• Solidstate89 - Monday, April 30, 2012 - link

    They didn't imply a damn thing. So not only is your whole belief completely your fault, but your reaction to it is pretty damn laughable as well. Reply
  • CeriseCogburn - Monday, April 30, 2012 - link

    Oh good, hope more of you bail, that way mre cards for the rest of us not intent on moaning our way around every forum, forever, poorboy meat sandwich in hand. Reply
  • VoidQ - Monday, April 30, 2012 - link

    ...trying to get that through customs. Reply
  • ThaSpacePope - Monday, April 30, 2012 - link

    When the 690gtx comes out only a month after the 680 and there is nary a mention of the 7990. Reply
  • CeriseCogburn - Monday, April 30, 2012 - link

    When amd is late, it's easy to "forget about it" till the day after one expires, and thus it never matters nor means anything.
    Wouldn't want to send any bad vibes about toward the extreme fanboy company.
    Reply
  • 3DoubleD - Monday, April 30, 2012 - link

    "Applying the prybar in a slightly more civilized manner than we would in most video games, we find the GeForce GTX 690 inside. (ed: If this was a 90's video game, then according to the Crate Review System NVIDIA is already doing very well)"

    ...but doesn't having a crate at the get-go automatically make NVIDIA review badly? StC score would most certainly be zero or negative in this case. Higher StC scores are technically better according to your source.

    Still, hilarious if that was the context they were sending it in.
    Reply
  • cknobman - Monday, April 30, 2012 - link

    Sorry this is less cool than it is gay. Reply
  • NARC4457 - Monday, April 30, 2012 - link

    Can you clarify how this is gay? I just want to understand how much of an idiot you are based on your response. Thanks much. Reply
  • umbrel - Monday, April 30, 2012 - link

    It made him laugh? I just want to know how much of an idiot I am based on your assesment. Thanks much. Reply
  • Sivar - Monday, April 30, 2012 - link

    Hey, at least he used "than" right. Reply
  • cknobman - Monday, April 30, 2012 - link

    LOL.

    While I found it to be funny, I still thought the whole "gag" of packaging the card up to simulate some type of military grade equipment to be a bit much/eccentric.
    Reply
  • CeriseCogburn - Monday, April 30, 2012 - link

    Allow me to clarify.
    One opens the crate and doesn't find a gun.
    How *** is that ?
    I guess you're supposed to pick it up and go "bang ! bang! bang bang bang ! " while "pointing it" at.. errr something, then start feeling all out there and manly...so long as you don't injure yourself or the delicate item your tender nerd fingers holds.
    Maybe run around the lab chasing your lab partner while giggling and then flop on the couch laughing and saying "you're dead!" (be careful to hold 680 away from possible woolen and static couch material)
    Reply
  • eddman - Monday, April 30, 2012 - link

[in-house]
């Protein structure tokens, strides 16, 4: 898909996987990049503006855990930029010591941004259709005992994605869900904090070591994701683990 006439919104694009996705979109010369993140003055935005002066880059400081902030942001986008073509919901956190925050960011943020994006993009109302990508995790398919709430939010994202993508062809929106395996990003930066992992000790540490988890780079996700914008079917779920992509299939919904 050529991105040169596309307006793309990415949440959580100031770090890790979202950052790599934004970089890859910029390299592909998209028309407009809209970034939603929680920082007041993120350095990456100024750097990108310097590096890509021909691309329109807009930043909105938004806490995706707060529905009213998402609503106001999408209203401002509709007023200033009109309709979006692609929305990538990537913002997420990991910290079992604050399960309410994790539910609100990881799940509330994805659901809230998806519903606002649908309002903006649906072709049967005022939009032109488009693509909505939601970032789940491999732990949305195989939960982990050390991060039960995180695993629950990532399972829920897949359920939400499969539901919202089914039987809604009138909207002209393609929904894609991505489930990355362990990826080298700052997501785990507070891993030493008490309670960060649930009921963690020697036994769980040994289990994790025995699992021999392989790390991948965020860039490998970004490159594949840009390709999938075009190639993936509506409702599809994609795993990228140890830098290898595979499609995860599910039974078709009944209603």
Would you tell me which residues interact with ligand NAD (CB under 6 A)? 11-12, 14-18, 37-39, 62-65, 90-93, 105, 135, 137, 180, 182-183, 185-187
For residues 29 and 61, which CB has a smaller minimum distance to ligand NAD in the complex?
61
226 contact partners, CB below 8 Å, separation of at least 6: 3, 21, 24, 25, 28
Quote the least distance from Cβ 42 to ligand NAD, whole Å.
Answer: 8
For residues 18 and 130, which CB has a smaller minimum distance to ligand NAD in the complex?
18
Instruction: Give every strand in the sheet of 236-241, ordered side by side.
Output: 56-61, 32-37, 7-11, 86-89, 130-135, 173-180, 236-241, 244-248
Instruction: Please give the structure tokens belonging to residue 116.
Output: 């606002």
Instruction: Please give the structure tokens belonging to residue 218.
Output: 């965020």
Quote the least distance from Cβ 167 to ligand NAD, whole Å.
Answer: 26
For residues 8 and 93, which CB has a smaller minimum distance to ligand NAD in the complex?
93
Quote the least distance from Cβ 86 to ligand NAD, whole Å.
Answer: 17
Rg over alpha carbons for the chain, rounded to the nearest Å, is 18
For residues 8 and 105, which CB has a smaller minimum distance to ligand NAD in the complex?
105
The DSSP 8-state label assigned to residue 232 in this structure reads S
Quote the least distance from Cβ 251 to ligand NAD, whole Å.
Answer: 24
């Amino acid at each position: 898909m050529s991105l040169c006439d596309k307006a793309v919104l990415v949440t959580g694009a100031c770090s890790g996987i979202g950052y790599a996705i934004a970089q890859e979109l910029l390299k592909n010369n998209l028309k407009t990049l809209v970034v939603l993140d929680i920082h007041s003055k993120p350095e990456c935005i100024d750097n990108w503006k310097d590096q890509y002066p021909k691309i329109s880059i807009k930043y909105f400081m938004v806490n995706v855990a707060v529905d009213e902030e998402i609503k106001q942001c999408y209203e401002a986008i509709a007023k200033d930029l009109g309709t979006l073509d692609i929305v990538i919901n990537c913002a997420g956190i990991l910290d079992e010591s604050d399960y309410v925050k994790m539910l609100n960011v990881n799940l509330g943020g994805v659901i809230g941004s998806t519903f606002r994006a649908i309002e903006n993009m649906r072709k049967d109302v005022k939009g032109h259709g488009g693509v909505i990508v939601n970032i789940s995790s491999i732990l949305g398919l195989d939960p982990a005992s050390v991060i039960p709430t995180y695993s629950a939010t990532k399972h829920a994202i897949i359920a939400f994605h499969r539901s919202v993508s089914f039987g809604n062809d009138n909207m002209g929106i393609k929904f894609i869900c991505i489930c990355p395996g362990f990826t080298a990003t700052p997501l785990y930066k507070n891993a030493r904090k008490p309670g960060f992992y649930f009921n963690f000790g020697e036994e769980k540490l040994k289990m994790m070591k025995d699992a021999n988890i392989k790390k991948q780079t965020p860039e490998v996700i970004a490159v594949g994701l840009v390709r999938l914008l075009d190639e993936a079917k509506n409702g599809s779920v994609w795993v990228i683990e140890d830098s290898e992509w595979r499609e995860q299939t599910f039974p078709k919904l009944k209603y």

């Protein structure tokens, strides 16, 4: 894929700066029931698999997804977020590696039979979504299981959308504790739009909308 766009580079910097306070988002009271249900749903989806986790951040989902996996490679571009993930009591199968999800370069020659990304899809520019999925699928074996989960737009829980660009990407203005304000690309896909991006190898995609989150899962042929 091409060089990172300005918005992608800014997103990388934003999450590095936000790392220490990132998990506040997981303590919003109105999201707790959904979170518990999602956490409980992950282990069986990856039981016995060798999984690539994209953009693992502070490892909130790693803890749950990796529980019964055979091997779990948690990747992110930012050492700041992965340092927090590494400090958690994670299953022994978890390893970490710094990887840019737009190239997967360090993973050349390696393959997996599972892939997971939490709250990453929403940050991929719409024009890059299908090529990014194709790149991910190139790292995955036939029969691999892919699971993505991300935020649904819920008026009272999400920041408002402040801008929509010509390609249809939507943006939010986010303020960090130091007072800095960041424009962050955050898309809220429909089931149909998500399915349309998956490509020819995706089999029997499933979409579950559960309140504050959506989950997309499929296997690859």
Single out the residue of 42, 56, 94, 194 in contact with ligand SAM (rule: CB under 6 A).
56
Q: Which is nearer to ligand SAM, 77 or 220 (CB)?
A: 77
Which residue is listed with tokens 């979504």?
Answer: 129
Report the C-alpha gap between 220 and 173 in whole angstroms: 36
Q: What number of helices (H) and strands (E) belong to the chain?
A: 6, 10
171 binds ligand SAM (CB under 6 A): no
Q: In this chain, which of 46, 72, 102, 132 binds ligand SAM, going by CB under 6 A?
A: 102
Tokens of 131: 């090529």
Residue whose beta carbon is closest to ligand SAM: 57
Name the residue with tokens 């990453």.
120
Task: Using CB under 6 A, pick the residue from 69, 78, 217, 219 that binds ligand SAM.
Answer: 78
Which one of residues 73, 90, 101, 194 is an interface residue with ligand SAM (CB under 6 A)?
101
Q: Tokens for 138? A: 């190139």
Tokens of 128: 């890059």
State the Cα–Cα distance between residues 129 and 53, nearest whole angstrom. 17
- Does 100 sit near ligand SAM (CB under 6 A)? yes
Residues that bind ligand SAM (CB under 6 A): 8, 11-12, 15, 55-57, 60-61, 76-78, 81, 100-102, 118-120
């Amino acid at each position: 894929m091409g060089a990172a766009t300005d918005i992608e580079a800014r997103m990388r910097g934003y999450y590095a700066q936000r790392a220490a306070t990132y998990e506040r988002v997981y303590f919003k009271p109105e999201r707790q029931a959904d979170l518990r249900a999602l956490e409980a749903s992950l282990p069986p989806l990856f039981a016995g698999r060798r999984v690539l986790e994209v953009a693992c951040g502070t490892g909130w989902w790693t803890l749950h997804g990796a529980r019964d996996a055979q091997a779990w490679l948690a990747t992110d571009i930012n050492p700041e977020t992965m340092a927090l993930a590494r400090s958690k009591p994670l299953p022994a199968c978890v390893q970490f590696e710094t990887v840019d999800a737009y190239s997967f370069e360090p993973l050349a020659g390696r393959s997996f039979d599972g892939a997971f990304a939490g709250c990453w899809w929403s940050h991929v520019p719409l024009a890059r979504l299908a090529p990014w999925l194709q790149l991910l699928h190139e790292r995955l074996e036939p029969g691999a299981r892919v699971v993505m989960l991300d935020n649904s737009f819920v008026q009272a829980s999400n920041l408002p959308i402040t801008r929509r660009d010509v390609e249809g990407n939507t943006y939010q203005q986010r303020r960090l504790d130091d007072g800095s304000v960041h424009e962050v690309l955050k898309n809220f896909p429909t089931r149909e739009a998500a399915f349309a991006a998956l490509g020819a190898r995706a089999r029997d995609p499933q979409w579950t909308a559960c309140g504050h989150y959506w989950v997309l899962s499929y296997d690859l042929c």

hmm, let me read that box again; "weapons GRADE, GAMING power". That doesn't sound like a gun to me. Care to try again.

    Since when cheap plastic cases are the same as nice looking wooden boxes? Valuable things usually come in wooden boxes, you know, like good wine.
    Reply
  • CeriseCogburn - Thursday, May 03, 2012 - link

    That doesn't sound like a gun to you... what did you expect, a basketball ? Reply
  • illusionslayer - Friday, May 04, 2012 - link

    Well, since it also has the nVidia logo on it and I just got a weird shipment from them a few days ago, I'd expect a graphics card. Reply
  • Solidstate89 - Monday, April 30, 2012 - link

    Times like this I really wish we had a report button.

    I mean what it this crap, the god damn YT comment section? Fuck off with your inane comments.
    Reply
  • hschachtner - Monday, April 30, 2012 - link

    I would buy this just for the box. I use ATI/AMD for most of my machines, but a major vendor of graphics software recommends NVIDIA.

    Again, the box is way cool.
    Reply
  • Dracusis - Monday, April 30, 2012 - link

    In that case, I'll sell you a wooden crate for $998.00, mine is bigger, cheaper and I'll even throw in free delivery. Reply
  • regularcomputer - Monday, April 30, 2012 - link

    so does the aluminum or metal shroud help in anyway besides making it look awesome and perhaps durable--in dissipating heat? Reply
  • CeriseCogburn - Thursday, May 03, 2012 - link

    No, of course not. Aluminum is a heat retainingdevice in this implementation, that's why they used it. Reply
  • _vor_ - Thursday, May 03, 2012 - link

    Ok assclown. That's enough. If the aluminum isn't touching any of the chips/heat pipes etc. is ISN"T DOING A DAMN THING.

    Also, aluminum (at 68F) has a thermal conductivity of ~118 Btu/(hr F ft) while copper (at 68F) has a thermal conductivity of ~223 Btu/(hr F ft). Just to make things easy for you, that means copper can conduct heat 189% of that of aluminum. *IF* the shroud was really there to conduct heat, it would be copper (oxidization issues notwithstanding); that's why the good heatsinks are copper or have the copper pad on the bottom?